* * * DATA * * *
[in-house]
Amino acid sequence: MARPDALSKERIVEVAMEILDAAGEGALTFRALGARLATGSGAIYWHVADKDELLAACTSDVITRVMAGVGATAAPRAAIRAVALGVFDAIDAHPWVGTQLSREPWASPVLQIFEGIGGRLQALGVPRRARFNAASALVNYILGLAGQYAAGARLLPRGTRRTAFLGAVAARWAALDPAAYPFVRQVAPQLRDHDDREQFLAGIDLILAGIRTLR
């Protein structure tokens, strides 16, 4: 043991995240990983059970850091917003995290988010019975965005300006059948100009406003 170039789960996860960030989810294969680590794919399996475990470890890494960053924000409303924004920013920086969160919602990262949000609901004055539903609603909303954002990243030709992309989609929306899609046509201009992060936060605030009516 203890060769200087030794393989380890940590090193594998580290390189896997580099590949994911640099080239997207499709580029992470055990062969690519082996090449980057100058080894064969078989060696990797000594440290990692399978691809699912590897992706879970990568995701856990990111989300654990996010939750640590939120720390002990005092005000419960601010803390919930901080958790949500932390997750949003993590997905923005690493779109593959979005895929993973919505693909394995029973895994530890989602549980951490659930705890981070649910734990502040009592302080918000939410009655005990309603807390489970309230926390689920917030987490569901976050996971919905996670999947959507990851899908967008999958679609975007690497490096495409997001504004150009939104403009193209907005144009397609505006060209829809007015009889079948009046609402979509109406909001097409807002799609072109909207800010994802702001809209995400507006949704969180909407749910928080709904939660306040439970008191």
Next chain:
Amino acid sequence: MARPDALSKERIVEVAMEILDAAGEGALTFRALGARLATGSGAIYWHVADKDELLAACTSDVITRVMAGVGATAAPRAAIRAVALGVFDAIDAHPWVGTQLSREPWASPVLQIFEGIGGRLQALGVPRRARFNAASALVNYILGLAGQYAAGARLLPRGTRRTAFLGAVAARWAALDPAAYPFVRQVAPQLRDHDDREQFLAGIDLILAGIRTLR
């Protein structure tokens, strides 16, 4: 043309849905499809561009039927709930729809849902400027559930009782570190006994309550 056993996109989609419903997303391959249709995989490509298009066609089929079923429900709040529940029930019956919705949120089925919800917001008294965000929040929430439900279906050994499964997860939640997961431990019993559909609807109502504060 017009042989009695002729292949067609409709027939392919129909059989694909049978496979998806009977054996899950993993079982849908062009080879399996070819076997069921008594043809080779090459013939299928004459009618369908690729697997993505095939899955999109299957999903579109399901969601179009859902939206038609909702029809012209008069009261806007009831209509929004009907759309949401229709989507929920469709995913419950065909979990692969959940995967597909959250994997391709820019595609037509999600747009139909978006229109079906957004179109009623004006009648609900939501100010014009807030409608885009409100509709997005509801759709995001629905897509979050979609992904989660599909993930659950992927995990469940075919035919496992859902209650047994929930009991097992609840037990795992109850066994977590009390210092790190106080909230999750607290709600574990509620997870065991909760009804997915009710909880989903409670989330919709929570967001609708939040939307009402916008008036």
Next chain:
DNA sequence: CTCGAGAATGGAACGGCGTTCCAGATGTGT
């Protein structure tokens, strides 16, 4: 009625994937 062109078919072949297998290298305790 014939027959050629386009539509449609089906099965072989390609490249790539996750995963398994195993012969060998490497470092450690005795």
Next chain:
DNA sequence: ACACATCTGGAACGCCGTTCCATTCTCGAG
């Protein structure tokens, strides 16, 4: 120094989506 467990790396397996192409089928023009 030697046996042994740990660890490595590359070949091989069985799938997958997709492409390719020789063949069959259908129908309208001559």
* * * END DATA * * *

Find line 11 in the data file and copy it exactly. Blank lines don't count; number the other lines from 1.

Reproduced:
DNA sequence: ACACATCTGGAACGCCGTTCCATTCTCGAG